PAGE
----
Written by MARK JAEGER
Wednesday, 30 October 2013 15:31
Student numbers are key factor in state funding; district officials hope trend can be reversed
Student enrollment in the Northern Ozaukee School District has continued to decline, according to the latest numbers submitted to the Wisconsin Department of Public Instruction.
The district’s official third Friday in September enrollment was 699 students, although one student has enrolled since that report was filed.
Supt. Blake Peuse noted that last year’s enrollment count was 710, but that number grew to 725 by the end of the 2012-13 school year.
“There is a likelihood and probability that our enrollment will increase up to and through the second Friday in January count date,” Peuse said.
The primary reason for the enrollment decline is smaller incoming classes, he said.
As an example, Peuse’s analysis noted last year’s graduating class had 55 students. The incoming four-year-old kindergarten class had 42 students.
“This is already a difference of 13 students, so we can look at this as a possible start to the decrease,” Peuse said.
He said records show a number of families also moved out of the district over the summer.
“We lost at least six students from these moves out of the district,” Peuse said. “What we do not know is what we need to be proactive in attracting and retaining families to the district and we are working on some models to help us with this process for the next school year.”
The fall enrollment at Ozaukee Elementary School: total kindergarten dropped from 93 to 81; first grade dropped from 48 to 40; second grade rose from 38 to 48; third grade fell from 67 to 39; and fourth grade rose from 36 to 66.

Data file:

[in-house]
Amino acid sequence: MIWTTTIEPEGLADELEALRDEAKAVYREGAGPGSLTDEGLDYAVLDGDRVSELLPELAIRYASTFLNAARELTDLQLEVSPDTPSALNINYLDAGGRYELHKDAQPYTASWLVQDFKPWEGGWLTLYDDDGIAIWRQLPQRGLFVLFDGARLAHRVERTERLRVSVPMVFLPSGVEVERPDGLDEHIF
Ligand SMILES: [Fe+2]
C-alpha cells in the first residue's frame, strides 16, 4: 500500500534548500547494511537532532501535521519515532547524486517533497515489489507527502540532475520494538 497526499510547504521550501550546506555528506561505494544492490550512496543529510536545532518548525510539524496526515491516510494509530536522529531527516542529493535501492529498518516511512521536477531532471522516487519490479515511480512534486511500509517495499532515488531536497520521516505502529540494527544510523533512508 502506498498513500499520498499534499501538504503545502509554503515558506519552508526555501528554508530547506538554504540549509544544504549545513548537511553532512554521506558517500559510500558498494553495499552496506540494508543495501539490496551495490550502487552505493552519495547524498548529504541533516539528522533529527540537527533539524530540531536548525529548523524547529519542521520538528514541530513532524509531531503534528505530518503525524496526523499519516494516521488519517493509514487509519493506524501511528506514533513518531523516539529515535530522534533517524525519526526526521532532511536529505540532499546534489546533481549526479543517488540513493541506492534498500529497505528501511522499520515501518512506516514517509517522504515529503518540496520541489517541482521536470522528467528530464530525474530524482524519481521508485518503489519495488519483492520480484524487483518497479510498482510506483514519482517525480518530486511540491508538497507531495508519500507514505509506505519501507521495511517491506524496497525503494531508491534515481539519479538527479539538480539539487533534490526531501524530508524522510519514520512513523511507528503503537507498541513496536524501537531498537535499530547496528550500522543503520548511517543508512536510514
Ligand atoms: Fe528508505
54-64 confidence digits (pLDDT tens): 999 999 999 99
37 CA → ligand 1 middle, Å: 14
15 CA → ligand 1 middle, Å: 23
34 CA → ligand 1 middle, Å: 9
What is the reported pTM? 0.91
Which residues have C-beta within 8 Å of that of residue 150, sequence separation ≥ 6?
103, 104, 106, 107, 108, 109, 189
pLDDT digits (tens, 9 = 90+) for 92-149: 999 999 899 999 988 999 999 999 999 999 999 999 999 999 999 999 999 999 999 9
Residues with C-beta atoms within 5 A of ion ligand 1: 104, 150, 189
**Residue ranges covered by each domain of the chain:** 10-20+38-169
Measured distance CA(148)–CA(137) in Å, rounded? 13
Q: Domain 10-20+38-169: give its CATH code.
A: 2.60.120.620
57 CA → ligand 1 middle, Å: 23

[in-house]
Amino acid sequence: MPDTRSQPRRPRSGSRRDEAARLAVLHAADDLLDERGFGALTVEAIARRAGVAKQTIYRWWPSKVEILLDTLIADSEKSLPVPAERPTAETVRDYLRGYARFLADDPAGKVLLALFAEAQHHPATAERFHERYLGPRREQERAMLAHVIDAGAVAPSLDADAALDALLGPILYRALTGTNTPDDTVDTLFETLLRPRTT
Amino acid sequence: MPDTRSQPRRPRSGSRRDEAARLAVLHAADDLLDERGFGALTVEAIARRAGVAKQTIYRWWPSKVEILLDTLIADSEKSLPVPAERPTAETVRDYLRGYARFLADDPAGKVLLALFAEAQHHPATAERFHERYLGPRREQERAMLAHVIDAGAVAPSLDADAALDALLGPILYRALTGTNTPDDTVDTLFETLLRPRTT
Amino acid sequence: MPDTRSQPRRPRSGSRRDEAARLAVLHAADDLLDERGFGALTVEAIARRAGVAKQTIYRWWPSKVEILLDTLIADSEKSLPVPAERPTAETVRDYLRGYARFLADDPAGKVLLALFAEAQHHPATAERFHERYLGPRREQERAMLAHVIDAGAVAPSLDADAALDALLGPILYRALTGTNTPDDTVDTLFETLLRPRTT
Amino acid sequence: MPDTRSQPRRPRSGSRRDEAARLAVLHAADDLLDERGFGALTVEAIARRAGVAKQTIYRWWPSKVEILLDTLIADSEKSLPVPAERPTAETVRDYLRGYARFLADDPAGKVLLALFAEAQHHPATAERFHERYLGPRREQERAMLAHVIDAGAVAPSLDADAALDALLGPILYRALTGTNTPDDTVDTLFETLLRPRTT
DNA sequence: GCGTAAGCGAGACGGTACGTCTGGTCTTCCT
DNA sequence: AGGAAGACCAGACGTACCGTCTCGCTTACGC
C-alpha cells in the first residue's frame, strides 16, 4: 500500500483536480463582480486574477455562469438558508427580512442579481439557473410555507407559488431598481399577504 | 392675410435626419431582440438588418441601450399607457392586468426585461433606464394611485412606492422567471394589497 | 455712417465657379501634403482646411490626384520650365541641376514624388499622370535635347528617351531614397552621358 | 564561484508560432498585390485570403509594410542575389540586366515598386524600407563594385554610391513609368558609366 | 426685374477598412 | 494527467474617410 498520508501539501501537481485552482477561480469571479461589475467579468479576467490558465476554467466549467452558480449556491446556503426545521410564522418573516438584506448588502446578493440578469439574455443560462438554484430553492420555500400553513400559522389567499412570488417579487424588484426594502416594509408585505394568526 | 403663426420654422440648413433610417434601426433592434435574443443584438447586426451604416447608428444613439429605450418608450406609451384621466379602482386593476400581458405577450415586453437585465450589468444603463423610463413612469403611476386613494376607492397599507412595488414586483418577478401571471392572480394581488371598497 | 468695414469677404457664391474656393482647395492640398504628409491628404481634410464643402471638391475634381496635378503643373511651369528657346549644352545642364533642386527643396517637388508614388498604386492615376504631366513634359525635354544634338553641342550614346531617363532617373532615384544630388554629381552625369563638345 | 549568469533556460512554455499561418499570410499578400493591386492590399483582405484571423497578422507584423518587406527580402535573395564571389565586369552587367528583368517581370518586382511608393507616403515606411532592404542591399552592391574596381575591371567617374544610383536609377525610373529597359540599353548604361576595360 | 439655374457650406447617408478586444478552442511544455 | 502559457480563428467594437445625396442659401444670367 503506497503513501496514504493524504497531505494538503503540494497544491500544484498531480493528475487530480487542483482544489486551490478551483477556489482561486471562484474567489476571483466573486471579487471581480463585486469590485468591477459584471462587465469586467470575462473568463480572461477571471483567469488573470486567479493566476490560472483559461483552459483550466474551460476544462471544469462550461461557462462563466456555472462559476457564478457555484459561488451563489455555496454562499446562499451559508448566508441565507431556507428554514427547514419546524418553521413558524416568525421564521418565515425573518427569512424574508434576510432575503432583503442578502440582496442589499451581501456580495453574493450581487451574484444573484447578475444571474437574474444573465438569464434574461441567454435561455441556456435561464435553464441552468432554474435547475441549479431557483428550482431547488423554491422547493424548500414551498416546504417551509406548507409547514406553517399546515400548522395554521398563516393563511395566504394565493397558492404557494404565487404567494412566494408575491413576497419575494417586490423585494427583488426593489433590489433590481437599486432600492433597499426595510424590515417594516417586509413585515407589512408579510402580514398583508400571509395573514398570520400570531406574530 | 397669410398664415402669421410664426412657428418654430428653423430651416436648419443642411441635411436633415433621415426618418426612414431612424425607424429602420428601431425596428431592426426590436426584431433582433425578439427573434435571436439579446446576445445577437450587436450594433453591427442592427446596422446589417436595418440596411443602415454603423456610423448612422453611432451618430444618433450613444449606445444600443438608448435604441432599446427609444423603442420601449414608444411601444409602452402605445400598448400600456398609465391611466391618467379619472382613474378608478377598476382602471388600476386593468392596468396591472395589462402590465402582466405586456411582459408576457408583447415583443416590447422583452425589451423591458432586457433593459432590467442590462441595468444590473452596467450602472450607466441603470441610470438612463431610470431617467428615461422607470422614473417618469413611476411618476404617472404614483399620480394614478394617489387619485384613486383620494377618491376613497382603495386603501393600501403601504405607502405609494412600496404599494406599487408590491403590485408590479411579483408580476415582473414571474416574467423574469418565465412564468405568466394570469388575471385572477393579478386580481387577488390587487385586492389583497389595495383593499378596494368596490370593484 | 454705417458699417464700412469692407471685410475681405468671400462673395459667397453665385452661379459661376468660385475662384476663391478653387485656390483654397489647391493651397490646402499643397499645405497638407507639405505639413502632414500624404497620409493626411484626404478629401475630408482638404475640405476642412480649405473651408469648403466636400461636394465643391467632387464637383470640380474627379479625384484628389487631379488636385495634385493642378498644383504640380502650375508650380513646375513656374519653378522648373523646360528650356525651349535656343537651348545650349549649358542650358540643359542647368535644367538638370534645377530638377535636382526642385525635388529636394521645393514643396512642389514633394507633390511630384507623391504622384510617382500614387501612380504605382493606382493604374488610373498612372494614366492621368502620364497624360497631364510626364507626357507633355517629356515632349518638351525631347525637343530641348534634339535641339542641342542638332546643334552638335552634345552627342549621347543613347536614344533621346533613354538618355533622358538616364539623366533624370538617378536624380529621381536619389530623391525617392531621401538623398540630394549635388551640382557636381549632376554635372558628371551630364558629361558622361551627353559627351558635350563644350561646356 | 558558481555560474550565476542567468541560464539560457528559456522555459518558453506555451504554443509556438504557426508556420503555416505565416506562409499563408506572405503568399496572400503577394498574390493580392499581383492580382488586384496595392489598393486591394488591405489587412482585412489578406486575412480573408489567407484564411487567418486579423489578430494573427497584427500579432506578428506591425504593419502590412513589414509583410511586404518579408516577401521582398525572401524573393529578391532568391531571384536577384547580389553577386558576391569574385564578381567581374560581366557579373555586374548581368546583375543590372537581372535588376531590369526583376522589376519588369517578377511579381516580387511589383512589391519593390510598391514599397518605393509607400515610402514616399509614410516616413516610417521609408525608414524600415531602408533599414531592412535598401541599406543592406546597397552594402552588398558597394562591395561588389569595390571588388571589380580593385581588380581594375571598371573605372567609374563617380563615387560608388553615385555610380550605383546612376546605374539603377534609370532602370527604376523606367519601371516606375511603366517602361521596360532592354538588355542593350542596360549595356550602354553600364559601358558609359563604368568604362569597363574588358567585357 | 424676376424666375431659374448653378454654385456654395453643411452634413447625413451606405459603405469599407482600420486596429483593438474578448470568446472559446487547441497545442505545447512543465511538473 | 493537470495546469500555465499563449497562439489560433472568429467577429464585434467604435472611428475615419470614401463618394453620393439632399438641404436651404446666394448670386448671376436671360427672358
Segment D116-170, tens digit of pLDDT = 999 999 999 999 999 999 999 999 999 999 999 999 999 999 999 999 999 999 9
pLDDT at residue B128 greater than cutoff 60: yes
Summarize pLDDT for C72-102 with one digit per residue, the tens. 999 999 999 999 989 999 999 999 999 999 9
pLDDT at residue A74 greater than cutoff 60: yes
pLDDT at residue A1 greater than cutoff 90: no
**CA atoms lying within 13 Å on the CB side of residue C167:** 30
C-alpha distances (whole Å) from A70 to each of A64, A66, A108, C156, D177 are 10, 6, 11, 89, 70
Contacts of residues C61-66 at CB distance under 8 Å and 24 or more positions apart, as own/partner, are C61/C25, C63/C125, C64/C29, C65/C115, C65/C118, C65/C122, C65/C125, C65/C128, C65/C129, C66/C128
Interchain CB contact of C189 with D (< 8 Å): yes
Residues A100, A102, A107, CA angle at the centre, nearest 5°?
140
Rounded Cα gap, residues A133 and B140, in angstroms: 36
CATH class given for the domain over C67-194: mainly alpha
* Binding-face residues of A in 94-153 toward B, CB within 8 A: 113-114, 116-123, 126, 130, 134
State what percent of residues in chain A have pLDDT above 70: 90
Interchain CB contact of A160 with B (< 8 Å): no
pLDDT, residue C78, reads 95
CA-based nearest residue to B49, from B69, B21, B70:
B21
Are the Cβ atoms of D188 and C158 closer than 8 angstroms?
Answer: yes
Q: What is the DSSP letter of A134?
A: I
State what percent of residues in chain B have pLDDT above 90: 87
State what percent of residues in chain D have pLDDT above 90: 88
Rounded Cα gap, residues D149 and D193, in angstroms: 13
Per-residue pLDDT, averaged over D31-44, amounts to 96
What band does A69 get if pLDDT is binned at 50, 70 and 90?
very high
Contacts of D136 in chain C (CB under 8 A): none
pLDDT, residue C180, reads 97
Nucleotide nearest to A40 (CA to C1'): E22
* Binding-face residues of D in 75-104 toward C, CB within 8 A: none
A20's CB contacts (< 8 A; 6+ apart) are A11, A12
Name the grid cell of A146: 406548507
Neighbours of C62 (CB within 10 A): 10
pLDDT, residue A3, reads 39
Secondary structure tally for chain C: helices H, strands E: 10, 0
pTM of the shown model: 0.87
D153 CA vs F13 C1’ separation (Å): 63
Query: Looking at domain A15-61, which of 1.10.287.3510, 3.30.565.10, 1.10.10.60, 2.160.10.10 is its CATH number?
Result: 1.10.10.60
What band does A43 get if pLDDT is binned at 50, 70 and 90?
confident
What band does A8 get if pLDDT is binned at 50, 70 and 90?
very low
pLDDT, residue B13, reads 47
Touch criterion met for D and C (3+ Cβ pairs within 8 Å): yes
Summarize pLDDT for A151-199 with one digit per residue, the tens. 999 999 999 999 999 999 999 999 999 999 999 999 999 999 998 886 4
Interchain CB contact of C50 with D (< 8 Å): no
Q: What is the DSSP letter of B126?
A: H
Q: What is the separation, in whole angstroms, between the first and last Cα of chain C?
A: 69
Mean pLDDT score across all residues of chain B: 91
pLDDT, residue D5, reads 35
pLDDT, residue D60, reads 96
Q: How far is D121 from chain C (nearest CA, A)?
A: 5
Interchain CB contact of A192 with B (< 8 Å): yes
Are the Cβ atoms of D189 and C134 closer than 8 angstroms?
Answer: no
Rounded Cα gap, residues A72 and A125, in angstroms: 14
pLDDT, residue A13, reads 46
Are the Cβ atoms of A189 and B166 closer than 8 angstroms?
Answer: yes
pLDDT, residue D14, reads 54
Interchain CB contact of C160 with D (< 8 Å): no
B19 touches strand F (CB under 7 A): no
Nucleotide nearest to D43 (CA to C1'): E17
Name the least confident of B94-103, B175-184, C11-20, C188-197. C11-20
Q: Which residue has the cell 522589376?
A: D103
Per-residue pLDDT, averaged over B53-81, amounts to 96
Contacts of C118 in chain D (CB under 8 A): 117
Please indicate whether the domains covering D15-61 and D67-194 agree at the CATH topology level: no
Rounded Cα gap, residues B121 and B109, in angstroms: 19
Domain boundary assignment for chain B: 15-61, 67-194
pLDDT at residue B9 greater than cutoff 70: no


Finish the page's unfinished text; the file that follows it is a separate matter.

Enrollment at the middle school: sixth grade dropped from 52 to 49; seventh grade jumped from 39 to 62; and eighth grade fell from 61 to 39.
At the high school: ninth grade jumped from 47 to 58; 10th grade fell from 65 to 55; 11th grade rose from 57 to 66; and 12th grade rose from 52 to 56.
Peuse said district officials are still trying to come to grips with the nuances of the state’s open enrollment system.
“While our number of total open enrollment out students went up by five students (178 to 183) from the first count date last year, we also graduated about 20 students,” he said.
In many cases, Peuse said families move into the community yet continue to have their children attend their old public or private schools.
Peuse said only six of the 39 families who requested open enrollment out were in the school district previously.
He said the best way to counter open enrollment of the district is to make Northern Ozaukee a desirable educational option.
“We need to keep our focus on looking at the long-term where we will see the steady decline of students open enrolling out of our system and creating great opportunities for those who move into our district to prefer coming to our schools,” Peuse said.
Open enrollment numbers into the district have increased from 52 to 64. The greatest increase was at the high school, where 29 students enrolled in — compared to 21 last year.